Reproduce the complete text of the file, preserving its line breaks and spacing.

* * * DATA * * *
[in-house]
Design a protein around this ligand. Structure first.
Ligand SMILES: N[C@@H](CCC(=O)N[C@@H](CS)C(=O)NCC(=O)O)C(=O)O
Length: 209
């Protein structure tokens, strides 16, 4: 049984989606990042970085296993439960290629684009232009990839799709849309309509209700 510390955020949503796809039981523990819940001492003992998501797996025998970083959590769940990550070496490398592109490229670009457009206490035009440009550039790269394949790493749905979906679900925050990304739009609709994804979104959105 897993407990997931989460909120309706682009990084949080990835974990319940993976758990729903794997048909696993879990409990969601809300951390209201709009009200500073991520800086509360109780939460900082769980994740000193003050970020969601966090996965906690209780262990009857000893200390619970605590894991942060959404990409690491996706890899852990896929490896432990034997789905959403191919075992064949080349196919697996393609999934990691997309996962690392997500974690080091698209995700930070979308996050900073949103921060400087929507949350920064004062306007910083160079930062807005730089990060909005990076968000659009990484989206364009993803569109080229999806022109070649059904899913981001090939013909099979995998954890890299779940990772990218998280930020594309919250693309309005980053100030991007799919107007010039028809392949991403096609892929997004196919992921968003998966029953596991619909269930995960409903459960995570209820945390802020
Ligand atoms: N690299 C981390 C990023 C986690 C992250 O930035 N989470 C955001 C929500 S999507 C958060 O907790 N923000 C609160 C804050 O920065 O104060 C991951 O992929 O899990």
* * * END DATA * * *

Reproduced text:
[in-house]
Design a protein around this ligand. Structure first.
Ligand SMILES: N[C@@H](CCC(=O)N[C@@H](CS)C(=O)NCC(=O)O)C(=O)O
Length: 209
């Protein structure tokens, strides 16, 4: 049984989606990042970085296993439960290629684009232009990839799709849309309509209700 510390955020949503796809039981523990819940001492003992998501797996025998970083959590769940990550070496490398592109490229670009457009206490035009440009550039790269394949790493749905979906679900925050990304739009609709994804979104959105 897993407990997931989460909120309706682009990084949080990835974990319940993976758990729903794997048909696993879990409990969601809300951390209201709009009200500073991520800086509360109780939460900082769980994740000193003050970020969601966090996965906690209780262990009857000893200390619970605590894991942060959404990409690491996706890899852990896929490896432990034997789905959403191919075992064949080349196919697996393609999934990691997309996962690392997500974690080091698209995700930070979308996050900073949103921060400087929507949350920064004062306007910083160079930062807005730089990060909005990076968000659009990484989206364009993803569109080229999806022109070649059904899913981001090939013909099979995998954890890299779940990772990218998280930020594309919250693309309005980053100030991007799919107007010039028809392949991403096609892929997004196919992921968003998966029953596991619909269930995960409903459960995570209820945390802020
Ligand atoms: N690299 C981390 C990023 C986690 C992250 O930035 N989470 C955001 C929500 S999507 C958060 O907790 N923000 C609160 C804050 O920065 O104060 C991951 O992929 O899990």